Cash Flow

Diebold’s “Bill and Hold” Probe Widens

Now the Department of Justice wants to know more about the voting machine company's revenue recognition practice.
Stephen TaubDecember 26, 2007

Diebold Inc. said the Justice Department has become the latest government agency to launch an investigation into accounting practices. In early October, the maker of automated-teller machines, security systems, and voting machines warned it may restate its financial statements for the year ended December 2006 and the first quarter of 2007 after it completes an in-depth analysis of its revenue recognition practices.

Company officials said at the time that Diebold was in discussions with the Office of the Chief Accountant of the Securities and Exchange Commission regarding its prior practice of recognizing revenue on a “bill and hold” basis. Bill and hold is a practice in which the seller bills customers for products, but doesn’t ship the products until later. At the center of the controversy is the ownership status of a product and the timing of recognizing revenue. Specifically, when does ownership of a product contractually passes to a customer. Diebold said it is discussing with the SEC the most appropriate revenue recognition method to replace its bill and hold practice and will disclose the new method once it has received sufficient guidance.

The company also said an internal review of these issues will be completed in the first quarter of 2008. It will then include any material adjustments identified as a result of this review in amendments to its financial statements.

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Diebold also assured investors that it continues to cooperate with the SEC, and will cooperate with the Department of Justice if requested. “This change in the company’s bill and hold revenue recognition practice would only affect the timing of recognition of certain revenue,” the company noted in a press release. “Diebold does not anticipate that the change in the timing of revenue recognition would impact previously reported cash provided by operating activities or the company’s net cash position.”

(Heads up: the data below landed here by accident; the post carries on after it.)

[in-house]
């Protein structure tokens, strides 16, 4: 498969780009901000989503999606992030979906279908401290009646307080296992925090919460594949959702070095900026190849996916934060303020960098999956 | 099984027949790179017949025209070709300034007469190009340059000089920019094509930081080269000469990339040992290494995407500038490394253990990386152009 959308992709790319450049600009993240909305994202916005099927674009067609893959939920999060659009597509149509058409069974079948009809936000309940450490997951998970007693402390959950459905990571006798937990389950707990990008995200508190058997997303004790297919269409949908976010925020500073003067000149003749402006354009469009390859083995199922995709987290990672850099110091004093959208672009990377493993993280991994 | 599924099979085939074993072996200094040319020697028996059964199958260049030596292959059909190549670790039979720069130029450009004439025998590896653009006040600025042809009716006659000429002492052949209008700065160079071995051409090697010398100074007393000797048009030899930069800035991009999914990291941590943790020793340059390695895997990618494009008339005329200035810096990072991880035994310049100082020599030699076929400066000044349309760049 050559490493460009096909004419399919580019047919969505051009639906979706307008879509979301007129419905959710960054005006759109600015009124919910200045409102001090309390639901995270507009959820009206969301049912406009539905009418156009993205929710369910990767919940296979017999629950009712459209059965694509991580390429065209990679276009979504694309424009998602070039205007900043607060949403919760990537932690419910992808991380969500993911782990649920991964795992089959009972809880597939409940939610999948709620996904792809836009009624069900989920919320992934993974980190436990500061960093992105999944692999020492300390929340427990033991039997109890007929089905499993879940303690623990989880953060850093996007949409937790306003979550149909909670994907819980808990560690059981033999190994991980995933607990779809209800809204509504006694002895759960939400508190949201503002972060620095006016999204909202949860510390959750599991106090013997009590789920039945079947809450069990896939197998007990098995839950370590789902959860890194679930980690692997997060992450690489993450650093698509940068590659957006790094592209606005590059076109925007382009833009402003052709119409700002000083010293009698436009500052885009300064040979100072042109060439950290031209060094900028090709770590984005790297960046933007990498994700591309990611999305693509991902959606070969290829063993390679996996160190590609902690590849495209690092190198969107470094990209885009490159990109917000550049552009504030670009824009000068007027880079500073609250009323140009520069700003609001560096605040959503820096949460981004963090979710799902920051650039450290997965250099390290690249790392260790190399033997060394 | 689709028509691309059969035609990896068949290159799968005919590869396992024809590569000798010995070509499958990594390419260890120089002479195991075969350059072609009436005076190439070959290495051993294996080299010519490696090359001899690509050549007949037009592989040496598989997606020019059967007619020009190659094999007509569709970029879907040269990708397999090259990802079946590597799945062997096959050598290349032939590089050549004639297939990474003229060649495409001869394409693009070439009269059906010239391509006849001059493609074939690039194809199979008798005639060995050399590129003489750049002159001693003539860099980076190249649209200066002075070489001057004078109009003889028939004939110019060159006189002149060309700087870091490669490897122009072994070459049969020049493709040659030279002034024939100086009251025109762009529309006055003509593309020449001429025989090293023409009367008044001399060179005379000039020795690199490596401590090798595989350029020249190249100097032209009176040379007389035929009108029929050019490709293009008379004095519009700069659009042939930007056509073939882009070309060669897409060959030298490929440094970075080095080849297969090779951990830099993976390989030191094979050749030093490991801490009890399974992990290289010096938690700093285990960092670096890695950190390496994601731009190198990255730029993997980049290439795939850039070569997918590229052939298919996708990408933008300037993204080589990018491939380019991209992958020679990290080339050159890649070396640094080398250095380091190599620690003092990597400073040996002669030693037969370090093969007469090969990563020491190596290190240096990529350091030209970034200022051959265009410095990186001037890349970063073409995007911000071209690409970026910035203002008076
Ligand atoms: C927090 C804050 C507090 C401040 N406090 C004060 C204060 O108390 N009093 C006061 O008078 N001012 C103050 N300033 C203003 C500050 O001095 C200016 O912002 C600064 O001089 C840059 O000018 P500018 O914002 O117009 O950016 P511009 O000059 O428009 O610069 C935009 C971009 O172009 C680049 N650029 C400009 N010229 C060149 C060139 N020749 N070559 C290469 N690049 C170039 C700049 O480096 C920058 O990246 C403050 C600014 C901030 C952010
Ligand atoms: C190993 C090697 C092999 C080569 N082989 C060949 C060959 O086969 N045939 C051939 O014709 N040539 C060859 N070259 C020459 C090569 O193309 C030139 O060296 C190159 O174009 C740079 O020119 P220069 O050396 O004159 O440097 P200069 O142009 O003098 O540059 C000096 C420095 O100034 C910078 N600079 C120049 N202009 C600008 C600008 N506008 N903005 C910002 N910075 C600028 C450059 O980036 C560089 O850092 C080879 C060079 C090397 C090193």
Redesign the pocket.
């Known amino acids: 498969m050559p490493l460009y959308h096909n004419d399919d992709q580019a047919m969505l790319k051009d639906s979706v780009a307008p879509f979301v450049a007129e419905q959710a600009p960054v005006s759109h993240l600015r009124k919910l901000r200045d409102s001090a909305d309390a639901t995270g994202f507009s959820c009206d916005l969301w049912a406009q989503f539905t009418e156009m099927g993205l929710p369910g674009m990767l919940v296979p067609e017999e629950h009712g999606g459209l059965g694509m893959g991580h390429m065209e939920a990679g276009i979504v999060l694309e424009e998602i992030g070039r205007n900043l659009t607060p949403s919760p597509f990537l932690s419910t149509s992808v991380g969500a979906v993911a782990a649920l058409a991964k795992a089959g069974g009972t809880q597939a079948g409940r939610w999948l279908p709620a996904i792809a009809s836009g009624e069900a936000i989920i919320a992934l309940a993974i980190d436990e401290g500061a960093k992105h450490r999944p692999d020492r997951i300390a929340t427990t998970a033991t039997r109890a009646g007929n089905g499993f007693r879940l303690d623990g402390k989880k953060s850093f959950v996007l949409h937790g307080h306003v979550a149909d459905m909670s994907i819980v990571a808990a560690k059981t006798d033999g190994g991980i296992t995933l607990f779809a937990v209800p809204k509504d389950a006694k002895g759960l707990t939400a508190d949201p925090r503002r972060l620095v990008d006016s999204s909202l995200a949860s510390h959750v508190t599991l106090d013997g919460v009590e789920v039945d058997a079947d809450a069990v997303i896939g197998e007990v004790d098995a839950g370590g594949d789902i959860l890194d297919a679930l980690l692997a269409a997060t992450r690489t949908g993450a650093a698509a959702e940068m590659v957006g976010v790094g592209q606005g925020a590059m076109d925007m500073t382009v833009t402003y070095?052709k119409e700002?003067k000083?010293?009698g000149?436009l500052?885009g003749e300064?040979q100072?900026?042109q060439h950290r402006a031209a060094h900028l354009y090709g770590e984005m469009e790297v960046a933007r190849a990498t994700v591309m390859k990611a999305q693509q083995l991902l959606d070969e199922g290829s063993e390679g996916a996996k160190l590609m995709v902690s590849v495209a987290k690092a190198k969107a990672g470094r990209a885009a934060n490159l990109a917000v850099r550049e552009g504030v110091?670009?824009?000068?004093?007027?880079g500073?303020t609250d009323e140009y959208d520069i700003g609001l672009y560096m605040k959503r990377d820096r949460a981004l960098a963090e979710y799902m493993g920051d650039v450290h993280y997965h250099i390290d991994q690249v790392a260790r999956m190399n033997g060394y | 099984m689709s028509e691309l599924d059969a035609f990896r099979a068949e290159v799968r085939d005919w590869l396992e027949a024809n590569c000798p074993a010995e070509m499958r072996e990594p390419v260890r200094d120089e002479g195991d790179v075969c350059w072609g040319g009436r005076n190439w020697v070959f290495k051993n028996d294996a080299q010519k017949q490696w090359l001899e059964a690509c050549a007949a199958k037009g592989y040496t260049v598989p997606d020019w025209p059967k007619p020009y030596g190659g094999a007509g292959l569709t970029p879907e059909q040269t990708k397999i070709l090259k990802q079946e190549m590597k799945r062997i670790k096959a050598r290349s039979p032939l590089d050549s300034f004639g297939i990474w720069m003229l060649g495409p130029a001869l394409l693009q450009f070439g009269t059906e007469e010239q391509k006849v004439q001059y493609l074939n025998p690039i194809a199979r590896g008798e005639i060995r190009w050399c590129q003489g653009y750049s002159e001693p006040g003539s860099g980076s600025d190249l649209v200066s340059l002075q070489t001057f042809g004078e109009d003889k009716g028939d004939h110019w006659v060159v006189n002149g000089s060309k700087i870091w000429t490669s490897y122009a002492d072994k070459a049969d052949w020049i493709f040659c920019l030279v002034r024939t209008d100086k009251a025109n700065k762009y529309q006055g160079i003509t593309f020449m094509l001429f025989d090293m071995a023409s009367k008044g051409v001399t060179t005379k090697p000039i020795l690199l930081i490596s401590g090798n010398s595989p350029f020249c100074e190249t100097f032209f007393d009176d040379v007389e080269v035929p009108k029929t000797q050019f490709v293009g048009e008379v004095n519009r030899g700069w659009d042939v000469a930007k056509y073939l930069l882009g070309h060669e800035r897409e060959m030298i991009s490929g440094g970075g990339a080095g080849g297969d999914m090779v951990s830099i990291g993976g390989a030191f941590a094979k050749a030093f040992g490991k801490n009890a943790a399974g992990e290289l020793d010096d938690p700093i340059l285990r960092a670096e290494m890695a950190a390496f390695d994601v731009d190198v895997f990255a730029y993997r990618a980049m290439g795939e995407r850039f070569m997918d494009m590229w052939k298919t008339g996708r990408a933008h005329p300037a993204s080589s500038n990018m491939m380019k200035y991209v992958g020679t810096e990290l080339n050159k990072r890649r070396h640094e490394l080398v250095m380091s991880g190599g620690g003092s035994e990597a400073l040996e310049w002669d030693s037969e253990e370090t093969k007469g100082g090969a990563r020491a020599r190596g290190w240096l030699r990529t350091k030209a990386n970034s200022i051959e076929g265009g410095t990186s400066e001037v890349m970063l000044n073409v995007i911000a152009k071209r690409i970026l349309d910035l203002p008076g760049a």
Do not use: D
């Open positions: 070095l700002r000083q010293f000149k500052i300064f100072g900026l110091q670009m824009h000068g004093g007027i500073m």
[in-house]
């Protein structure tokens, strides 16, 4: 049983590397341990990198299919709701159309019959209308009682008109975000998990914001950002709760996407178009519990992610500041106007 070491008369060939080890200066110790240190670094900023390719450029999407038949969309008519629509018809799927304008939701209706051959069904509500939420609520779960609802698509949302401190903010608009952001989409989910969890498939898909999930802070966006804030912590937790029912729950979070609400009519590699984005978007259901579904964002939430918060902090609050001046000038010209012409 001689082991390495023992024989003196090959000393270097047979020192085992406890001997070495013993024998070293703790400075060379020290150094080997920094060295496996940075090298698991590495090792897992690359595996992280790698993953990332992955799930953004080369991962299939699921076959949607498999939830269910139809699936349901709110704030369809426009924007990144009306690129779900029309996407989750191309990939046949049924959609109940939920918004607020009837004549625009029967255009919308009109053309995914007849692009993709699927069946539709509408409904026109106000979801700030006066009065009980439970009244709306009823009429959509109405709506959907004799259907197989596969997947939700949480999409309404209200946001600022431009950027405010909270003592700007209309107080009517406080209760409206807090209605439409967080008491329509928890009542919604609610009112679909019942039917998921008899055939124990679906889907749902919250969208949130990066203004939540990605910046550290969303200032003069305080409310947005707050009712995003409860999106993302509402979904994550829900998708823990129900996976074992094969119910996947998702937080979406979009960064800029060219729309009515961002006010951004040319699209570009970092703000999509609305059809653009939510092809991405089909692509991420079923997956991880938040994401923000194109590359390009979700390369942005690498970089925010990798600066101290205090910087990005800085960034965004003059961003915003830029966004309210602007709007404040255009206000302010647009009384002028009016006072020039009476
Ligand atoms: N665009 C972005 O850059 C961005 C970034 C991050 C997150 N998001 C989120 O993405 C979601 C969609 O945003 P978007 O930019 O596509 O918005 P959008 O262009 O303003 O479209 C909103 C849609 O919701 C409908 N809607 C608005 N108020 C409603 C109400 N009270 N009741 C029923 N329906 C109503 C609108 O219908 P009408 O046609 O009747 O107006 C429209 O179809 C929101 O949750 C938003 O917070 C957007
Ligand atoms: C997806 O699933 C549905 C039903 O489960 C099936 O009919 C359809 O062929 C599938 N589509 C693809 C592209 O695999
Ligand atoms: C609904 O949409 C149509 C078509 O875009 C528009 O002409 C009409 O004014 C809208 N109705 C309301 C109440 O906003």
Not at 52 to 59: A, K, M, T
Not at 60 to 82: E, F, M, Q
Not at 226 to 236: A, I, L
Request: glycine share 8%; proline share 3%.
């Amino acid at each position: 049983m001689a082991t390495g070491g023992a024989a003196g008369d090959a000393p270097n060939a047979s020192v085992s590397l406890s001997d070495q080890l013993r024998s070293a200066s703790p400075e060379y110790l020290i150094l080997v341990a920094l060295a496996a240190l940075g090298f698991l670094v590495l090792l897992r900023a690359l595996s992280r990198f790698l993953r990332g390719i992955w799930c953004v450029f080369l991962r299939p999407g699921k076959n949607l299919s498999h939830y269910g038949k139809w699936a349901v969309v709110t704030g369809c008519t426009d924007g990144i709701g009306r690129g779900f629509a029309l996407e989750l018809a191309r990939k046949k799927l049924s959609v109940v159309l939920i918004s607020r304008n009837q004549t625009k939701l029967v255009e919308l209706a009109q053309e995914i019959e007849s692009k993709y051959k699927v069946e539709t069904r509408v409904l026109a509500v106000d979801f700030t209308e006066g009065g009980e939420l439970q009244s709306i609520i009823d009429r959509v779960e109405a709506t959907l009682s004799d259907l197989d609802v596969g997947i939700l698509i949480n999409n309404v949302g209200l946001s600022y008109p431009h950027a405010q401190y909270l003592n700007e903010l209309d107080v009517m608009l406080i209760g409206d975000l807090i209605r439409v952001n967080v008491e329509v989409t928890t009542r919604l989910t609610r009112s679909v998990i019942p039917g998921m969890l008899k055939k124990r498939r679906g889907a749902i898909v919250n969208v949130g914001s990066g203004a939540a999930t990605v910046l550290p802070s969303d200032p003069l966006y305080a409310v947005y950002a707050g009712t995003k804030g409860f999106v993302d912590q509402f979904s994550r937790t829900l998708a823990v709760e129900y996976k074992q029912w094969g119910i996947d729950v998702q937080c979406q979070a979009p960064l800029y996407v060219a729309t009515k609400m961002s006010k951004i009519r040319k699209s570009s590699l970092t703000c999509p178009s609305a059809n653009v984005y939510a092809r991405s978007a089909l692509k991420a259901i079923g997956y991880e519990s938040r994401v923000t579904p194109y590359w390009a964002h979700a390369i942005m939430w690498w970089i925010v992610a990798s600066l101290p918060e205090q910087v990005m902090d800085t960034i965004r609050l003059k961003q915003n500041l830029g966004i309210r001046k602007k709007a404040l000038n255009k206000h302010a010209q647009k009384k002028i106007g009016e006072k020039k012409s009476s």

In May 2006, Diebold disclosed in a regulatory filing that the SEC had launched an informal inquiry into the company’s revenue-recognition practices. At the time, news reports confirmed that company spokesman Mike Jacobsen said that the inquiry was related to two occasions during which the company restated revenue. Both situations seem to involve the company’s voting-machine operations, although the probe covers all Diebold business.

Jacobsen elaborated that Diebold shipped voting machines in Ohio in the second quarter of 2005, but then revised its reports to record the revenue in the third quarter. Diebold made the change, he reportedly added, because memory cards for the voting devices were not sent until July.

He told the Associated Press at the time that the other change were linked to how the company reported revenue from service contracts for electronic-voting systems. In March, the company disclosed that $7 million in fourth-quarter 2005 election systems revenue and $4.2 million in net income would need to be recognized in future periods.

In July 2007, Diebold announced it would delay the release of its second-quarter earnings results and a related conference call because of questions the SEC had raised concerning the company’s accounting for bill-and-hold revenue.

Diebold isn’t the first company to get into hot water as a result of using bill-and-hold accounting. While the method may prove beneficial to both buyer and seller, establishing that ownership of the goods transferred can be a sticky problem. Companies like Raytheon, Gateway, and — notoriously — Sunbeam, have run into problems with the practice.